Worldwide, airline CFOs and Heads of Cargo are displaying strong optimism regarding profits and air passenger and cargo demand. This is the outcome of a survey by the sector’s global representative body, the International Air Transport Association (Iata), conducted in mid-October and published in the association’s Airline Business Confidence Index: October 2021 Survey.
Regarding profitability, the improving trend, previously noted by Iata, continued during the three months covered by the new survey. Of the respondents, 85% reported that either their profits had increased or that their losses had reduced. In the July 2021 survey, the equivalent figure had been 72%. The driving forces behind this trend were strong cargo traffic, and rebounding passenger revenues (off a very low base) resulting from reduced travel restrictions.
“Optimism remained strong regarding profits, as 74% of surveyed airlines expected an improving bottom line for the next twelve months,” stated the index report. “This is unchanged from the July survey, and suggests that the upward trend in actual profitability may continue. Moreover, several of the airlines that expect no-changes do so because they already are in a strong position.”
Regarding passenger demand, 86% of the surveyed airlines reported year-on-year increases during this year’s third quarter (Q3). The equivalent figure during the second quarter (Q2) of 2021 had been 82%. On the other hand, 14% reported a decline in passenger demand during Q3 2021, due to reintroduced travel restrictions, aimed at countering the Covid-19 Delta variant. As in the Q2 2021 survey, a “wide majority” of respondents expected air passenger demand to continue to grow over the next 12 months, as travel restrictions continued to be reduced and more routes reopened.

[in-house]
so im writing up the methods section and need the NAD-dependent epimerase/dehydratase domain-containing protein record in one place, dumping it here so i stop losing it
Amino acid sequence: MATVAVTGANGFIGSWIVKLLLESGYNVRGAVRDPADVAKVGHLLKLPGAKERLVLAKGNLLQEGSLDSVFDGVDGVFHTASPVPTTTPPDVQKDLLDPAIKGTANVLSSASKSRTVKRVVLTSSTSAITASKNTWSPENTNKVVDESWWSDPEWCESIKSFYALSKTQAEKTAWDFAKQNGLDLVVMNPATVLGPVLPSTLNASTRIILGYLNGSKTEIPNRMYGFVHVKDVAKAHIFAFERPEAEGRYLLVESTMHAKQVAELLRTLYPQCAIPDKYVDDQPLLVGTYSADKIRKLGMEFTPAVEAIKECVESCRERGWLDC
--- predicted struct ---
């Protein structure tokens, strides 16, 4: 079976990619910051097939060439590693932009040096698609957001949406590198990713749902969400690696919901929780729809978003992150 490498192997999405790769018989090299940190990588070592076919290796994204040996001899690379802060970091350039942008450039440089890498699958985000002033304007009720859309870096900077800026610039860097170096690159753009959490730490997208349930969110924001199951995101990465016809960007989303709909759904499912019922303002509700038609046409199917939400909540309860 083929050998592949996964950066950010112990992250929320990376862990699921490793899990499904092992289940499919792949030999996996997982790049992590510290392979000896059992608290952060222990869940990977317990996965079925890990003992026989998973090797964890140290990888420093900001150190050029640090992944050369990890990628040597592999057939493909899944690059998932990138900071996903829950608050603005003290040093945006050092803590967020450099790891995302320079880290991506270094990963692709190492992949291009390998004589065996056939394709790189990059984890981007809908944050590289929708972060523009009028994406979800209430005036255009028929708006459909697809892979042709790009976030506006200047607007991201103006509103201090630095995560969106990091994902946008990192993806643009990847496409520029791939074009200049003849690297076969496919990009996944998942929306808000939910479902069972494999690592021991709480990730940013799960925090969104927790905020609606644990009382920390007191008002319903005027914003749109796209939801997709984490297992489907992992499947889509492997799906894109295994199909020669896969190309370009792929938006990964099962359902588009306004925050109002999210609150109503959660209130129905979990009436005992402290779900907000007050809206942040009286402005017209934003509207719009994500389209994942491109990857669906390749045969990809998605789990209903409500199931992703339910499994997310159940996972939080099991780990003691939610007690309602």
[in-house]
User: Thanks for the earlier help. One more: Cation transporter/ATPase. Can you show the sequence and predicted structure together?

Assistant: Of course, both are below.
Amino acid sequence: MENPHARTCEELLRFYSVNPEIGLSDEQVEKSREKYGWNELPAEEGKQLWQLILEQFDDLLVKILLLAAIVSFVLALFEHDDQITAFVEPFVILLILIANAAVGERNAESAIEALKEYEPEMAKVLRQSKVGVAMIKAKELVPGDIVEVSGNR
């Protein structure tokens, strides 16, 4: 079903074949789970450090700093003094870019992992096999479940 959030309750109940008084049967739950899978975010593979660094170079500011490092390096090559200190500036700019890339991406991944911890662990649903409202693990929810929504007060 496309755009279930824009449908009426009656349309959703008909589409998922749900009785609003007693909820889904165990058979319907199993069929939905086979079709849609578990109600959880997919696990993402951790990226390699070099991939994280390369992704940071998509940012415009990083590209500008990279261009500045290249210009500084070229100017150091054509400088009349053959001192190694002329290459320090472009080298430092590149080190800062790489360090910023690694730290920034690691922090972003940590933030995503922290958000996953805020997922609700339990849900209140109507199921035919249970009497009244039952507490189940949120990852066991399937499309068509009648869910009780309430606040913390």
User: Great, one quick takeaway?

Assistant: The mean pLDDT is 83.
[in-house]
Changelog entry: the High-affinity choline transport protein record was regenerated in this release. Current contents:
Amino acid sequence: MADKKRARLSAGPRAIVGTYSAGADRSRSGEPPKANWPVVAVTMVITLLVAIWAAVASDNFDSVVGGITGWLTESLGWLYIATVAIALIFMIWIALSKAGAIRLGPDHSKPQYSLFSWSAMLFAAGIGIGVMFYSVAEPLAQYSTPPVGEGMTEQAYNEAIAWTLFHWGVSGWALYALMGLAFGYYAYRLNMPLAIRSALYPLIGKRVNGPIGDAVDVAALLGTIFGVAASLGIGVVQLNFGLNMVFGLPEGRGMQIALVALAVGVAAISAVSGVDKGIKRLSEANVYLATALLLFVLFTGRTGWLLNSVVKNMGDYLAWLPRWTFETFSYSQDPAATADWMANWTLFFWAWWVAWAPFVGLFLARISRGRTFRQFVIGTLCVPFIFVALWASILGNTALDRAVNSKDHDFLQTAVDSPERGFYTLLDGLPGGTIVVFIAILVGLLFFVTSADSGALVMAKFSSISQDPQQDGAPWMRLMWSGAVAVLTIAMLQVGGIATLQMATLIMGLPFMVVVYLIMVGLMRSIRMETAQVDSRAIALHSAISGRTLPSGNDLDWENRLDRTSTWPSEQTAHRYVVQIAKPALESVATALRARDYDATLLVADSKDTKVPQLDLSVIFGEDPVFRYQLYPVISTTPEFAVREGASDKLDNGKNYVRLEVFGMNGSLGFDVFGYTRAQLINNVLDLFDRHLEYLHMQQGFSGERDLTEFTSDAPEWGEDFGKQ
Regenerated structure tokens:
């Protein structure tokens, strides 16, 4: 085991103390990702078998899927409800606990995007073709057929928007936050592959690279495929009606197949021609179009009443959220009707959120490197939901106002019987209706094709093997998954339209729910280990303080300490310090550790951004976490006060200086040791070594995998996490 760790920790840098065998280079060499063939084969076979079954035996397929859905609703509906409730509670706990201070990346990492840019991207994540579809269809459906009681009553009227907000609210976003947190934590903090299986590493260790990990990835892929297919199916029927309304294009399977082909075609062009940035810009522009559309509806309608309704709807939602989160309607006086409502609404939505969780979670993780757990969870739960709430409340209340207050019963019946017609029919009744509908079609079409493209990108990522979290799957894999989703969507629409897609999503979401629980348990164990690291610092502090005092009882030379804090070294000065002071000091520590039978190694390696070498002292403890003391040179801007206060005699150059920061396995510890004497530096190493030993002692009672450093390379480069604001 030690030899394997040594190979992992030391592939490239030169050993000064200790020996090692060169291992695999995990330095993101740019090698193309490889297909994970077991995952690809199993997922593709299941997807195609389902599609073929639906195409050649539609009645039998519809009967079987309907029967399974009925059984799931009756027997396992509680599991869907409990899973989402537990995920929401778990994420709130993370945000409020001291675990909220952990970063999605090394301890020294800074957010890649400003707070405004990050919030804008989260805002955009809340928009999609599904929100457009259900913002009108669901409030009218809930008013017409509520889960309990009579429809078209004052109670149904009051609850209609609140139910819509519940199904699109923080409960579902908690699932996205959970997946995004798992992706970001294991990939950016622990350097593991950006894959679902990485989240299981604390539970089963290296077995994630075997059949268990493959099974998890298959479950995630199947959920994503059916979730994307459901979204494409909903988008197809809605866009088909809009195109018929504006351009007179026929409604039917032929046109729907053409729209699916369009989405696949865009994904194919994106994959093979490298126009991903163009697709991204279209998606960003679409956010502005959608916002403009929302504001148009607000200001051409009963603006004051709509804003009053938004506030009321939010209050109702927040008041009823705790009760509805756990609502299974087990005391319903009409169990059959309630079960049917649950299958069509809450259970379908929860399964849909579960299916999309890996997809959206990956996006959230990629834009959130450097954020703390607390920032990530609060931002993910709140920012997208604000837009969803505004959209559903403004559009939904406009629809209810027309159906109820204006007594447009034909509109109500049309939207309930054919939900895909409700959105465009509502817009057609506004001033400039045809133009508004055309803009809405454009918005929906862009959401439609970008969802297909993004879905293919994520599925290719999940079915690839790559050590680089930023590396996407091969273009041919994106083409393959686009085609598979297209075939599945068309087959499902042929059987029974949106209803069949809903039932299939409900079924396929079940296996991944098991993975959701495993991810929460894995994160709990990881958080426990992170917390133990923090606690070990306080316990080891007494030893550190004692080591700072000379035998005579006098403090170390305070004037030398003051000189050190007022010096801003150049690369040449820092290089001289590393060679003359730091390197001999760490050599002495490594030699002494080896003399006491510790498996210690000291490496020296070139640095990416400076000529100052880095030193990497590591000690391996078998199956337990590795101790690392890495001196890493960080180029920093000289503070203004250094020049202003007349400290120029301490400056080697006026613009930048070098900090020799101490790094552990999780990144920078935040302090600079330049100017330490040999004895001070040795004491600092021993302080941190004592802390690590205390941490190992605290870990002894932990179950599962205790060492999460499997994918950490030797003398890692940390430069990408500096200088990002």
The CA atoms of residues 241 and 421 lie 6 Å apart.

“Turning to air cargo demand, the wide majority (74%) of respondents reported growing volumes in Q3 2021 compared to Q3 2020, although industry-wide results indicate that a large part of the improvement probably happened in late-2020 and early 2021,” noted the report. “Respondents pointed out a shift to more air cargo to compensate for the lack of passenger traffic, and the transport of medical equipment and vaccines, as supportive forces. ... 73% of surveyed airlines expect air cargo volumes to continue trending upward in the next twelve months, the largest share since 2010.”
However, only 47% of responding airlines expect to increase the size of their workforces over the next 12 months. While only 6% expect to further cut employee numbers, another 47% expect to keep their staff complements at their current levels (which are significantly smaller than before the Covid-19 pandemic).
Further, 47% of the surveyed airlines reported rising input costs, especially fuel costs but also rising labour costs and supplier costs. And 44% expected fuel costs and inflation to continue to increase over the next year, in comparison to the 30% figure recorded in the July survey. In addition, while 46% of respondents in the July survey expected these costs to fall over the next twelve months, in the latest survey this proportion had fallen to 26%.